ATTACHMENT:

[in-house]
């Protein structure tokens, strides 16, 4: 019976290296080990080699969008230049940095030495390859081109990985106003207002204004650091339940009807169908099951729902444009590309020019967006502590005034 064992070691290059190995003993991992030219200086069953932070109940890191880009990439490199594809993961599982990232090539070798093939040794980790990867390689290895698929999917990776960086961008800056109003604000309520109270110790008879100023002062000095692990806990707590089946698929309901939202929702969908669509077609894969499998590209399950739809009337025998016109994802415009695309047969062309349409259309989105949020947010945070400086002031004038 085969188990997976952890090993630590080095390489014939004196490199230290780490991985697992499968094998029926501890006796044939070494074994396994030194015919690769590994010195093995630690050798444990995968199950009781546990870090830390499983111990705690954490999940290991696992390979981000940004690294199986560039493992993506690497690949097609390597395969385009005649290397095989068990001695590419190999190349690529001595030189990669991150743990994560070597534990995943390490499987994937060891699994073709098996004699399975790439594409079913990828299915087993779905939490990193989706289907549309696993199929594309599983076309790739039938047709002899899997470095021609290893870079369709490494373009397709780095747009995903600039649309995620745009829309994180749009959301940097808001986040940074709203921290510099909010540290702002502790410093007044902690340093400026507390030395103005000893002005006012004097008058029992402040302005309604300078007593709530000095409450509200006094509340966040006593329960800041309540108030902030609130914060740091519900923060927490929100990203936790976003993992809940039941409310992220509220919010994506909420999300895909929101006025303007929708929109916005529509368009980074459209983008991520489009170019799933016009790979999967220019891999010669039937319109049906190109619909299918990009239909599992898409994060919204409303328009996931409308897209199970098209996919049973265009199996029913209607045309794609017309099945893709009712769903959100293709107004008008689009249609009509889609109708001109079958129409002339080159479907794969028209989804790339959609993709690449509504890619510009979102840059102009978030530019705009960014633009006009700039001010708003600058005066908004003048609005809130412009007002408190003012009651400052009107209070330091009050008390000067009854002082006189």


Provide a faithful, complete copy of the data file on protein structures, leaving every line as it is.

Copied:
[in-house]
């Protein structure tokens, strides 16, 4: 019976290296080990080699969008230049940095030495390859081109990985106003207002204004650091339940009807169908099951729902444009590309020019967006502590005034 064992070691290059190995003993991992030219200086069953932070109940890191880009990439490199594809993961599982990232090539070798093939040794980790990867390689290895698929999917990776960086961008800056109003604000309520109270110790008879100023002062000095692990806990707590089946698929309901939202929702969908669509077609894969499998590209399950739809009337025998016109994802415009695309047969062309349409259309989105949020947010945070400086002031004038 085969188990997976952890090993630590080095390489014939004196490199230290780490991985697992499968094998029926501890006796044939070494074994396994030194015919690769590994010195093995630690050798444990995968199950009781546990870090830390499983111990705690954490999940290991696992390979981000940004690294199986560039493992993506690497690949097609390597395969385009005649290397095989068990001695590419190999190349690529001595030189990669991150743990994560070597534990995943390490499987994937060891699994073709098996004699399975790439594409079913990828299915087993779905939490990193989706289907549309696993199929594309599983076309790739039938047709002899899997470095021609290893870079369709490494373009397709780095747009995903600039649309995620745009829309994180749009959301940097808001986040940074709203921290510099909010540290702002502790410093007044902690340093400026507390030395103005000893002005006012004097008058029992402040302005309604300078007593709530000095409450509200006094509340966040006593329960800041309540108030902030609130914060740091519900923060927490929100990203936790976003993992809940039941409310992220509220919010994506909420999300895909929101006025303007929708929109916005529509368009980074459209983008991520489009170019799933016009790979999967220019891999010669039937319109049906190109619909299918990009239909599992898409994060919204409303328009996931409308897209199970098209996919049973265009199996029913209607045309794609017309099945893709009712769903959100293709107004008008689009249609009509889609109708001109079958129409002339080159479907794969028209989804790339959609993709690449509504890619510009979102840059102009978030530019705009960014633009006009700039001010708003600058005066908004003048609005809130412009007002408190003012009651400052009107209070330091009050008390000067009854002082006189």